I was wearing a black haltered top with straps tightly wrapped around my neck. Black is the color of death, so others say. I had no idea when I woke up that morning. The sun was out, the sky, clear blue. Lou Reed pulled me out of the checkered bed sheets so I thought it was going to be another perfect day. I just grabbed the shirt not knowing it was a portent of things to come.
But the waves moved so fast, faster than my ability to run. They just came and their sound was deafening, louder than the dirty crickets buzzing in my head. Their crests were as high as mountains and the anger, larger than life.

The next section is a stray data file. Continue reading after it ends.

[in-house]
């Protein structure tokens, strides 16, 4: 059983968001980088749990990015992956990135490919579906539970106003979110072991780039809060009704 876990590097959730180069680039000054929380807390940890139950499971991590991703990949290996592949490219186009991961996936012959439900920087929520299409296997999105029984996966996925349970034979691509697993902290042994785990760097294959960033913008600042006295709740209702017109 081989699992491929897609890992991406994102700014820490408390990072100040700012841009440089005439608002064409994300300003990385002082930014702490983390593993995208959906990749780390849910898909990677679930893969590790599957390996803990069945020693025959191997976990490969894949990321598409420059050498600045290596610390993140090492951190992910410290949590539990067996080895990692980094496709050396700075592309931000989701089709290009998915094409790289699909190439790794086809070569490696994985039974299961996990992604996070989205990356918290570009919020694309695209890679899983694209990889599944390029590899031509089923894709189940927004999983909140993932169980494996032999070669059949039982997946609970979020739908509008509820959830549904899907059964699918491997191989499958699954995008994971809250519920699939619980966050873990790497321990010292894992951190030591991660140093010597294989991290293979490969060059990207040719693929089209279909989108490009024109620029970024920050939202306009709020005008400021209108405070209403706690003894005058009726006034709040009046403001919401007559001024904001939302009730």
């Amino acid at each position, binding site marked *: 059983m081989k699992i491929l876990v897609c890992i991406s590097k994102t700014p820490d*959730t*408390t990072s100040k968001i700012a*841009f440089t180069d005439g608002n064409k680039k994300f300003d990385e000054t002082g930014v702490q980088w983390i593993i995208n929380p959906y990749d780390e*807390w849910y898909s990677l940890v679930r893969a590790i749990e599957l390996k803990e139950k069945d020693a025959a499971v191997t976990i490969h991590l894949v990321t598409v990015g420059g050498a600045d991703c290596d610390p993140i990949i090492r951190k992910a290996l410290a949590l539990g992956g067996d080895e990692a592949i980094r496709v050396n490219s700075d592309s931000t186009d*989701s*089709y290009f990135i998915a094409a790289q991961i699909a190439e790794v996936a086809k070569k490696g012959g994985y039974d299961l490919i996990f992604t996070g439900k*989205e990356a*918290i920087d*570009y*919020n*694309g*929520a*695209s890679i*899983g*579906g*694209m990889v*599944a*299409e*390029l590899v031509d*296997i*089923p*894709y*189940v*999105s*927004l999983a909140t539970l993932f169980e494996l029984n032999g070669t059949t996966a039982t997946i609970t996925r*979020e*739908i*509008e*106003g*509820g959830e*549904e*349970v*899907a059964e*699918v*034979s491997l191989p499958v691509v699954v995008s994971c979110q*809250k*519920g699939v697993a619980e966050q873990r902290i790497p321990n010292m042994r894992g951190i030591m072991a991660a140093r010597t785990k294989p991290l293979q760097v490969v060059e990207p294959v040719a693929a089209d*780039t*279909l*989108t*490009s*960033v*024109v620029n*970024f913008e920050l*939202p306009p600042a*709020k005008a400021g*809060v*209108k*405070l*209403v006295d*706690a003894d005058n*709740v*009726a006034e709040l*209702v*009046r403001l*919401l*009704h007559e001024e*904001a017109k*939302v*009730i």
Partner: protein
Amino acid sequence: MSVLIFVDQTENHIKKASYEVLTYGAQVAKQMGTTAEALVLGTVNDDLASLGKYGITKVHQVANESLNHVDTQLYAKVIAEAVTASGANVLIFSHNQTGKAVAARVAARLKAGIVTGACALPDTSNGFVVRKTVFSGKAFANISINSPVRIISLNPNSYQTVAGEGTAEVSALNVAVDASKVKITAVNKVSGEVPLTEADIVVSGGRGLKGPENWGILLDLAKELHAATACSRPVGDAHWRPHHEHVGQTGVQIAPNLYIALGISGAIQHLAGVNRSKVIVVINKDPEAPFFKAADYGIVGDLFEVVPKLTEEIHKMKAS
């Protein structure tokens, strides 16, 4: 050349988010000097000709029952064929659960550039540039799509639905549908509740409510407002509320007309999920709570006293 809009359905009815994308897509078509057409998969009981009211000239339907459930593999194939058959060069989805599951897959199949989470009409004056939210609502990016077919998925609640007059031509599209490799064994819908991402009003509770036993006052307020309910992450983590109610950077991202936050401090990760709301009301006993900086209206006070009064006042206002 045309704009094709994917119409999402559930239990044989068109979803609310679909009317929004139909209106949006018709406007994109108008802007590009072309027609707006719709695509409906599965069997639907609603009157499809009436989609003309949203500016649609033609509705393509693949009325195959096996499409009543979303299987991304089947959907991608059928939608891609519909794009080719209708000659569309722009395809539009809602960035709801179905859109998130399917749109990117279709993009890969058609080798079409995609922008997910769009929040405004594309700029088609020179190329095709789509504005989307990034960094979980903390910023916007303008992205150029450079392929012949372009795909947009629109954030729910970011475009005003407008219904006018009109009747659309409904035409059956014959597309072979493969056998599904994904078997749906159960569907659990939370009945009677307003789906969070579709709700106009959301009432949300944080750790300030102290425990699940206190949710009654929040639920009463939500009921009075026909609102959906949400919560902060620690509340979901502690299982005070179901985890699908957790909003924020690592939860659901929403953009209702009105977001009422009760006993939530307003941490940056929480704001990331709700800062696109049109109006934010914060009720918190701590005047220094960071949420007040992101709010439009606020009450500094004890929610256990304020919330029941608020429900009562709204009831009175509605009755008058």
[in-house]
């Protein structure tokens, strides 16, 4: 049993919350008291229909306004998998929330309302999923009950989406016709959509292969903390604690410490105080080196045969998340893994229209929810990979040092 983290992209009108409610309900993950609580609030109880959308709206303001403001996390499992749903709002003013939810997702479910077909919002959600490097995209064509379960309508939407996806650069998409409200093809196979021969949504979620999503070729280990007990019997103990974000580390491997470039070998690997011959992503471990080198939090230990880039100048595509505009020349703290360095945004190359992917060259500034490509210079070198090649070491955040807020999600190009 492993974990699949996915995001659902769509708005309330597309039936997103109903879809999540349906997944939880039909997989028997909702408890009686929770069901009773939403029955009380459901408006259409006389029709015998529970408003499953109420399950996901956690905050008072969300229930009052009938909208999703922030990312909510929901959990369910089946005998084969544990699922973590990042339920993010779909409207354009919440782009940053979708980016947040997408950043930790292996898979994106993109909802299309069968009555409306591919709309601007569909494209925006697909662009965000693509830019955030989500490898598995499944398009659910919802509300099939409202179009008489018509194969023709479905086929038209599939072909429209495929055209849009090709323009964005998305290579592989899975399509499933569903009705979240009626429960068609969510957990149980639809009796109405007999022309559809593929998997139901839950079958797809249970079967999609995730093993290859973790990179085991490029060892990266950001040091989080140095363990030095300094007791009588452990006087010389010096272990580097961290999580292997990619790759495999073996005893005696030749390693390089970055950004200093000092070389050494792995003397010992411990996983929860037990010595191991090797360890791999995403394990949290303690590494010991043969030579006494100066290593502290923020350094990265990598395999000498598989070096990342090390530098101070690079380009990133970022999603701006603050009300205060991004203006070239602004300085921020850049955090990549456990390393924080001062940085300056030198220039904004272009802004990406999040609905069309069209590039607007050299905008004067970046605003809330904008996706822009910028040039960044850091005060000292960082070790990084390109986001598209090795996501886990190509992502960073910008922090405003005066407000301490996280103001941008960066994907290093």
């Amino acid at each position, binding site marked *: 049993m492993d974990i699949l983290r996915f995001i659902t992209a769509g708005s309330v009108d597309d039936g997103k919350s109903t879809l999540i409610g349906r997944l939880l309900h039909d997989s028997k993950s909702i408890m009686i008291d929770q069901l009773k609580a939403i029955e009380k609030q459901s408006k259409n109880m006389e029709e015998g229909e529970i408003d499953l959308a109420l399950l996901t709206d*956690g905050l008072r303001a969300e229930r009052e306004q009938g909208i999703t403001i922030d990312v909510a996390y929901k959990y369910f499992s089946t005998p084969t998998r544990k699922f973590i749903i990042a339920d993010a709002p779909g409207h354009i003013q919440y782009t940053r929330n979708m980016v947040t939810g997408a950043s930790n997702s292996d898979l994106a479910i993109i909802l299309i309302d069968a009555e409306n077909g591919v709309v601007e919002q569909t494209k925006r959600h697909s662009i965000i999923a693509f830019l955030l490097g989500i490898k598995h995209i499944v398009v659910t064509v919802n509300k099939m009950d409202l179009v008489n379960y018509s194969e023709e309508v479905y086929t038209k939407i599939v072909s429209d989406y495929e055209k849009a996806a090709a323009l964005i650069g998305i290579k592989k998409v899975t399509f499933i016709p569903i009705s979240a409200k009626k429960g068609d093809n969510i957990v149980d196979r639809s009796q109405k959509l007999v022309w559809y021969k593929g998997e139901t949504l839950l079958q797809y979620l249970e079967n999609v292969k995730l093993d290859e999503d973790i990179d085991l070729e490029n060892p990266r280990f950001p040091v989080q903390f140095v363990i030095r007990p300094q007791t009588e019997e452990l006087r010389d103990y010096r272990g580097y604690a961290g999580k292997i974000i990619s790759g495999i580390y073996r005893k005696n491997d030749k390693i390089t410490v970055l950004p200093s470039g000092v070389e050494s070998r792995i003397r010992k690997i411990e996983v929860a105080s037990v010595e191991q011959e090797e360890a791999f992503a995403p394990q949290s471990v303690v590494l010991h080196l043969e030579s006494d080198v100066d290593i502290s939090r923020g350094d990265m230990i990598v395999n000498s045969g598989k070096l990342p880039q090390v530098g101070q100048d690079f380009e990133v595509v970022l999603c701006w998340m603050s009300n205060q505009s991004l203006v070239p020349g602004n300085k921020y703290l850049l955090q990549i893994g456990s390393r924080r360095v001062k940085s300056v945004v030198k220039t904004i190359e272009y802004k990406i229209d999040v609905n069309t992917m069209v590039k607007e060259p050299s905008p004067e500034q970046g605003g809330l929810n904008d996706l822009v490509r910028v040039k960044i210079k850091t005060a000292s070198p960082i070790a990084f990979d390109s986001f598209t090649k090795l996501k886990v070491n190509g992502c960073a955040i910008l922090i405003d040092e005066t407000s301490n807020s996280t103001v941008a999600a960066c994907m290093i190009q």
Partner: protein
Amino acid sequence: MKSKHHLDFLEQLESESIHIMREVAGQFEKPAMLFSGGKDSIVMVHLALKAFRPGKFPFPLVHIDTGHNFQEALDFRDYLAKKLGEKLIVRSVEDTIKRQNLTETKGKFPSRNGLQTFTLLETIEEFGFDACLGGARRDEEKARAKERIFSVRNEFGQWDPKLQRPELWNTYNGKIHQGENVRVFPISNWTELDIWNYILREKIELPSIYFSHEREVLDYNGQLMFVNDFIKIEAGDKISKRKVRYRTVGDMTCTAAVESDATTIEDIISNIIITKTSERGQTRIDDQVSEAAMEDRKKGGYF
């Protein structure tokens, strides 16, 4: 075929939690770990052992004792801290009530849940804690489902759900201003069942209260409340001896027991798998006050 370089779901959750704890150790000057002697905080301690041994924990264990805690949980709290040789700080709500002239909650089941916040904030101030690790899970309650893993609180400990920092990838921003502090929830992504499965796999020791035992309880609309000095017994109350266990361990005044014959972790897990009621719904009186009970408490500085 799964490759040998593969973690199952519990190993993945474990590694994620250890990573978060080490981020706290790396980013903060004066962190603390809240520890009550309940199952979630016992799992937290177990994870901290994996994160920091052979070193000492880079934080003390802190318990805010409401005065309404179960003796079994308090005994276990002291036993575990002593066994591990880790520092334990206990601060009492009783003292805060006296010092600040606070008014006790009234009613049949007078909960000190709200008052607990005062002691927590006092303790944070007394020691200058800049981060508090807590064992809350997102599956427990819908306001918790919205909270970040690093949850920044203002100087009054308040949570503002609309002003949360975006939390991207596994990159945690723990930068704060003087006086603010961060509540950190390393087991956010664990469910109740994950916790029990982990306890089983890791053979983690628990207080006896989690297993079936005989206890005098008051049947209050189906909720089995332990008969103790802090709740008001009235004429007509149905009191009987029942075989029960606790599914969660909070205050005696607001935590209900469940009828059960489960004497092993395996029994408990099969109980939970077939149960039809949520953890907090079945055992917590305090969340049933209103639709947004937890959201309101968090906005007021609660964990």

The only solace is this piece of laboratory equipment that is shaped like a bell. I can fit inside but I can barely breathe. It's been a while since I was here and I didn't think I had to go back.
I am gasping for air, my drunken head spinning again and again.
But from now on, wherever I am, be it in mine or in somebody else's car, in his or in somebody else's arms, in her or in somebody's else's embrace, in my room or in another's, I am in the same glass bell jar, alone with my dreams and nightmares.
Nobody can get me out of here anymore. Not this time.
*apologies to Sylvia Plath, author, The Bell Jar